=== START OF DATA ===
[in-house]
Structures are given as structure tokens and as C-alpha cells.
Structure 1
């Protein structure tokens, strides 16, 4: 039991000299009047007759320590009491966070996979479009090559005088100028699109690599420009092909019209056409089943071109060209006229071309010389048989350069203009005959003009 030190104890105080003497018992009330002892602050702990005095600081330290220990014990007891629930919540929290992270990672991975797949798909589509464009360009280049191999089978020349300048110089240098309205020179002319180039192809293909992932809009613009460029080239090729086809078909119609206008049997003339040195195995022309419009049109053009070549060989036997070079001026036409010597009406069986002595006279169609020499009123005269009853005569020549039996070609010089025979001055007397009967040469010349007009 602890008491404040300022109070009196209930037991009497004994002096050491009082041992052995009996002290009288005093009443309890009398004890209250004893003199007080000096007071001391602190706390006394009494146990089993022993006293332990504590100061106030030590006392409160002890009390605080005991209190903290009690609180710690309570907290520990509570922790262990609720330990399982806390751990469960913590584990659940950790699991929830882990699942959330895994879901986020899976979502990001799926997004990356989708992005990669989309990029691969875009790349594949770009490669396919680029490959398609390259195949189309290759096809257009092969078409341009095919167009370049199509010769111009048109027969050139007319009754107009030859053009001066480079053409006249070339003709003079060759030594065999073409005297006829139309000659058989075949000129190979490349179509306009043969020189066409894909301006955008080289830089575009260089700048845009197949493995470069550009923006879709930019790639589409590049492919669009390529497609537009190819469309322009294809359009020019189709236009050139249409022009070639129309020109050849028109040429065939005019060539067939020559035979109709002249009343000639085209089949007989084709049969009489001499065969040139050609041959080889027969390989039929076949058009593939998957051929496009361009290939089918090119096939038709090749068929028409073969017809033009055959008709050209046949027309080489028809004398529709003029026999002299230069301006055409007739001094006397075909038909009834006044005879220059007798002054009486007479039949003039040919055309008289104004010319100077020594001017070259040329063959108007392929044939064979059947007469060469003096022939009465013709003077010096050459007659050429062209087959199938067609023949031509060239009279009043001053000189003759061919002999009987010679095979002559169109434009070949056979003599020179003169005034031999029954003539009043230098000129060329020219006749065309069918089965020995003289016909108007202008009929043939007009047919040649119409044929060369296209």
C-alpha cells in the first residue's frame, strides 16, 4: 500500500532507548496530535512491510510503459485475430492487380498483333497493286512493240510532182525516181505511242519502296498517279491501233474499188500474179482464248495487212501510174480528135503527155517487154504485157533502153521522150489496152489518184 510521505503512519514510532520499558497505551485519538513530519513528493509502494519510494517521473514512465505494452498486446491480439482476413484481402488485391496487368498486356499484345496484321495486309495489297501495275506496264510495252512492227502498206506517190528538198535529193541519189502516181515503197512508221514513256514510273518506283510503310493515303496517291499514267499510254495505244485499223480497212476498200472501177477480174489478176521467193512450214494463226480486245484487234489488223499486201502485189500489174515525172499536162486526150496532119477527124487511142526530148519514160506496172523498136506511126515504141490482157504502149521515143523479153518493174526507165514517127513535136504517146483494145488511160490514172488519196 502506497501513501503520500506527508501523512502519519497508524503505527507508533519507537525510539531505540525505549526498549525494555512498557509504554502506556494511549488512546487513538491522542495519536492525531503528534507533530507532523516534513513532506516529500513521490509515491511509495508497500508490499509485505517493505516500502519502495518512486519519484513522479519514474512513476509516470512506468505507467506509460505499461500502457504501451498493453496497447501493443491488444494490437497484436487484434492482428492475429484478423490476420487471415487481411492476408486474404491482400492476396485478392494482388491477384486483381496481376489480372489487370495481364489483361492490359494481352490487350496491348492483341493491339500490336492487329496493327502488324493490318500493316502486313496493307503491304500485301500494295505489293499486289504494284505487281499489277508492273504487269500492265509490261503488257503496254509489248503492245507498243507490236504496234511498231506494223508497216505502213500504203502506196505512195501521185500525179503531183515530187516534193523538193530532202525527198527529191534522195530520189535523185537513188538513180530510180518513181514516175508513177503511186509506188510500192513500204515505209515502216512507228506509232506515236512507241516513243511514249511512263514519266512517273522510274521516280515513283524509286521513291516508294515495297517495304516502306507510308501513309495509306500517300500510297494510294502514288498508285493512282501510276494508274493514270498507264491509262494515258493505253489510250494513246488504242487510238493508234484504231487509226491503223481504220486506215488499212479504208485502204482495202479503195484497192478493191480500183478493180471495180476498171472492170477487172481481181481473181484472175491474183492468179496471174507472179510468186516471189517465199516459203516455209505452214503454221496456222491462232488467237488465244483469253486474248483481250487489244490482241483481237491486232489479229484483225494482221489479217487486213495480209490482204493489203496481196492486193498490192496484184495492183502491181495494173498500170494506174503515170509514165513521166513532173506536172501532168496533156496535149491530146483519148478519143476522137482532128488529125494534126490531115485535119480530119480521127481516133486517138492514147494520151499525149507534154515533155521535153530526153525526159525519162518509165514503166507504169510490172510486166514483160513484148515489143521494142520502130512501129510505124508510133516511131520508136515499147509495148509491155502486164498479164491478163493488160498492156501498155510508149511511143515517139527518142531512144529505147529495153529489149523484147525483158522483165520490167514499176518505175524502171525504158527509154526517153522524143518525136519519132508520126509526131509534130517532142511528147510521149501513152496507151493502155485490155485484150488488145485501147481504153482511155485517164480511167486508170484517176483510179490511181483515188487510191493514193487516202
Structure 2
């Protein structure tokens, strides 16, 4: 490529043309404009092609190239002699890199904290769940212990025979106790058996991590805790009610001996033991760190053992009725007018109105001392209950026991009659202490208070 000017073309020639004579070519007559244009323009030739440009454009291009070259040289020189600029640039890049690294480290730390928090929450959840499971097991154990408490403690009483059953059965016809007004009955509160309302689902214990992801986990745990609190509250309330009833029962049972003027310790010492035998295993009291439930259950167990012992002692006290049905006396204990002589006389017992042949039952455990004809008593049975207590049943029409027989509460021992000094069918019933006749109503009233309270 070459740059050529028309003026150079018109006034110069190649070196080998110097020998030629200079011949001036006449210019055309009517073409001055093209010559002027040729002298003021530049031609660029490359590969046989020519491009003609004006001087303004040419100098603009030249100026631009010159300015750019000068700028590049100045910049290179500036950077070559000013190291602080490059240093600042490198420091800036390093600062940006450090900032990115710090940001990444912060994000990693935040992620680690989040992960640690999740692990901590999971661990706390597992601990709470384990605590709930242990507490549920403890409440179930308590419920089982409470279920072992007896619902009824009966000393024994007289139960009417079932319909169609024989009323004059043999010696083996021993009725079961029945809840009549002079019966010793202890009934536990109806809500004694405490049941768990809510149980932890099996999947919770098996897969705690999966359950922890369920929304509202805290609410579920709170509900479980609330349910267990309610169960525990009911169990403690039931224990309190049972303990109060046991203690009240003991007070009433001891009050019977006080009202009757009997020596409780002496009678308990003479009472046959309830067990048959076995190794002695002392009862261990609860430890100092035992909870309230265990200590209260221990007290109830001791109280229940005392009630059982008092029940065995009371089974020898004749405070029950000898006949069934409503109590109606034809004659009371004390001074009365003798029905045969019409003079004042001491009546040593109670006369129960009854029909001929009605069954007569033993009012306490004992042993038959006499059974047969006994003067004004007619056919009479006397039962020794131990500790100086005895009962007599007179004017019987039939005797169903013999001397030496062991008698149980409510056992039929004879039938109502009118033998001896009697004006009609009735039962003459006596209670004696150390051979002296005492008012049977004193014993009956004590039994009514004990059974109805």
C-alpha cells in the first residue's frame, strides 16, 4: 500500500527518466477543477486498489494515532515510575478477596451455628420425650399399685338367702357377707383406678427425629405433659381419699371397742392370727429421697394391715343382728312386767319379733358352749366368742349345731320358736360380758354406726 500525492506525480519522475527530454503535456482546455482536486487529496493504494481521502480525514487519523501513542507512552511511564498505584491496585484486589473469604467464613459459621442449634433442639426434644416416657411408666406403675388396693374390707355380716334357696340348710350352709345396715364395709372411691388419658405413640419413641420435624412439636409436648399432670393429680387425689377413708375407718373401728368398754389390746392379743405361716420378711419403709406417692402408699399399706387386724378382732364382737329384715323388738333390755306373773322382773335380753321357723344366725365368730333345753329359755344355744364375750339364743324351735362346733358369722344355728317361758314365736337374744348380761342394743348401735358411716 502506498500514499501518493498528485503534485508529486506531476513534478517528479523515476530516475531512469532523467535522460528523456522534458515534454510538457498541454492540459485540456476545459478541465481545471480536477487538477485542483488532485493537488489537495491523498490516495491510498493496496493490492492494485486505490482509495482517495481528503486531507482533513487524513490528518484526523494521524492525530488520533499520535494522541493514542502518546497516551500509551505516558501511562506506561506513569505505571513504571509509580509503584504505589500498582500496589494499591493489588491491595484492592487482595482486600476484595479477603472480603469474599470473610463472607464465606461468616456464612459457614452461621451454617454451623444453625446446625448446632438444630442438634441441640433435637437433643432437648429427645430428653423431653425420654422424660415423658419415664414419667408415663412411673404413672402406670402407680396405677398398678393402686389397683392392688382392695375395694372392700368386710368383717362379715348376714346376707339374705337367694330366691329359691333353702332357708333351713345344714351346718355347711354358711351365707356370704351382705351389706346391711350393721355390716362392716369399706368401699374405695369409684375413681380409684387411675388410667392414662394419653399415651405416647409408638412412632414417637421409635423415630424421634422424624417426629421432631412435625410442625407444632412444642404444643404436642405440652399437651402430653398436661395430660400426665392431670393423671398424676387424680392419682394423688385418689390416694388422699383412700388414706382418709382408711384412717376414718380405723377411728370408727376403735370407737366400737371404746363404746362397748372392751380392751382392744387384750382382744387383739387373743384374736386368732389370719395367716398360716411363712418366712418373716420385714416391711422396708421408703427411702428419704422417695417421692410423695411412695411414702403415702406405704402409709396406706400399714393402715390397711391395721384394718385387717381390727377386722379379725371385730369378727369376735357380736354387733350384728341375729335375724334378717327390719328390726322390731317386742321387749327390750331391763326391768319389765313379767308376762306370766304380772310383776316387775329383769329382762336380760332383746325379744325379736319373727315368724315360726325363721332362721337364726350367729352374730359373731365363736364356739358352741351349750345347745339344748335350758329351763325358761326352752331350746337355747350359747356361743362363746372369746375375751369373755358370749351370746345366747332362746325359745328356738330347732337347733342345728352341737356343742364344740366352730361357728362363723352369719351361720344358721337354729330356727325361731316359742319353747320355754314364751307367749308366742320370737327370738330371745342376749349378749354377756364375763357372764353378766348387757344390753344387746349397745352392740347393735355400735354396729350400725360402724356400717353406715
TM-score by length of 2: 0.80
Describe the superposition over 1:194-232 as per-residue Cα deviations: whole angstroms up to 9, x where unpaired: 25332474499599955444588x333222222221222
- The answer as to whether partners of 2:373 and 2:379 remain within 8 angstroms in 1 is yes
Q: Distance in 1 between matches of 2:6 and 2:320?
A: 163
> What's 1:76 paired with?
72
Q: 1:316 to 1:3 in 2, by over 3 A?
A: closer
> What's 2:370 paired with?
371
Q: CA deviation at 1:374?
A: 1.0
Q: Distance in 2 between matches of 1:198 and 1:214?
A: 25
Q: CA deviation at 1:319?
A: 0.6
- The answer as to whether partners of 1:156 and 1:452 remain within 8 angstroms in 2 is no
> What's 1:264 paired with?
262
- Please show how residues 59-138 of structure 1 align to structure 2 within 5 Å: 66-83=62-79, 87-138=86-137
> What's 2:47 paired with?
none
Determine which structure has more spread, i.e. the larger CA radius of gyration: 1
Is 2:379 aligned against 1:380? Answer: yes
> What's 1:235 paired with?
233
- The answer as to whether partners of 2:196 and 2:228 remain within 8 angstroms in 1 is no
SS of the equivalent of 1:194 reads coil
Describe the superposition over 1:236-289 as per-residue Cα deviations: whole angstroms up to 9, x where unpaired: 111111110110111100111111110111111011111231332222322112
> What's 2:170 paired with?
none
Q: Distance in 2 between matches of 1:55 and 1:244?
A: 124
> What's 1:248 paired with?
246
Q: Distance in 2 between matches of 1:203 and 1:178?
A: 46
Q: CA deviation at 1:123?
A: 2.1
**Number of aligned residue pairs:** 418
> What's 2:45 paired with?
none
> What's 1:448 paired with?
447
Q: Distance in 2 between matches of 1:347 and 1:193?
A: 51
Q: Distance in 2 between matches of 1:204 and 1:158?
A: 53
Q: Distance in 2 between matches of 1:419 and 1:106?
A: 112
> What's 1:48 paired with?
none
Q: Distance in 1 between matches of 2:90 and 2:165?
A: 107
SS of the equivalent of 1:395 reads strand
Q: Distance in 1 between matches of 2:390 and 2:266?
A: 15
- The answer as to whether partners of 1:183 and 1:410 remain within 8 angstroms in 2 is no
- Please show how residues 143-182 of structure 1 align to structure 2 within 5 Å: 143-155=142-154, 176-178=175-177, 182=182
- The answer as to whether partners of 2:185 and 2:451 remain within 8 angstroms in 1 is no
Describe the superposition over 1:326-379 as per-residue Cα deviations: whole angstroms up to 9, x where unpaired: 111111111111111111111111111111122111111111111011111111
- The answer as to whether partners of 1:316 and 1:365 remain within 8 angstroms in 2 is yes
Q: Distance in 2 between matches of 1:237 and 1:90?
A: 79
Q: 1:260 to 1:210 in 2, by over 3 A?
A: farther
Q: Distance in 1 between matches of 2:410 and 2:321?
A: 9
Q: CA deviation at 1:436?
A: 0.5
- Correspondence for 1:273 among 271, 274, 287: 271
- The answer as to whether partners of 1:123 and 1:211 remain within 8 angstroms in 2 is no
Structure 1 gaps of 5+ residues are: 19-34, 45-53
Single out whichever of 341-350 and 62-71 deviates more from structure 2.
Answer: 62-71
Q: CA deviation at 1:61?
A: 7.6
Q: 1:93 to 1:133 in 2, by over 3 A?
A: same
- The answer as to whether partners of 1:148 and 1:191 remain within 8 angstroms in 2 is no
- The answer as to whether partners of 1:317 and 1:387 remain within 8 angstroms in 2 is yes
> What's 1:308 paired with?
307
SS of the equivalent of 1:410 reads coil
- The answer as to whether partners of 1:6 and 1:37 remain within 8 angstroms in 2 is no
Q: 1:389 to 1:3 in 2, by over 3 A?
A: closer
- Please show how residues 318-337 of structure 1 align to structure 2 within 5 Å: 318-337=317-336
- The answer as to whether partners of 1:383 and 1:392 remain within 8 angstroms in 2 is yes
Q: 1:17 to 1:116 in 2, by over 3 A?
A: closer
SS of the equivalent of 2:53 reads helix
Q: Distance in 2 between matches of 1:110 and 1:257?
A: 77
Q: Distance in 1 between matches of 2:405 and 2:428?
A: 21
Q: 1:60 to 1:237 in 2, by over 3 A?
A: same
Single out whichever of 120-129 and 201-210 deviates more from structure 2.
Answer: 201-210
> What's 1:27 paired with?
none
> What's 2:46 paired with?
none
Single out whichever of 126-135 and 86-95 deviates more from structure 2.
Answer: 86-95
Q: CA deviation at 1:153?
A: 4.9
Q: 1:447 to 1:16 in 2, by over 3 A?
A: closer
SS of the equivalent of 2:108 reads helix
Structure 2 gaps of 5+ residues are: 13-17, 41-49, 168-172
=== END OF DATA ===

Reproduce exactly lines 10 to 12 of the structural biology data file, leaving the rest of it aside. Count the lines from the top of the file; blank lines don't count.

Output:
Describe the superposition over 1:194-232 as per-residue Cα deviations: whole angstroms up to 9, x where unpaired: 25332474499599955444588x333222222221222
- The answer as to whether partners of 2:373 and 2:379 remain within 8 angstroms in 1 is yes
Q: Distance in 1 between matches of 2:6 and 2:320?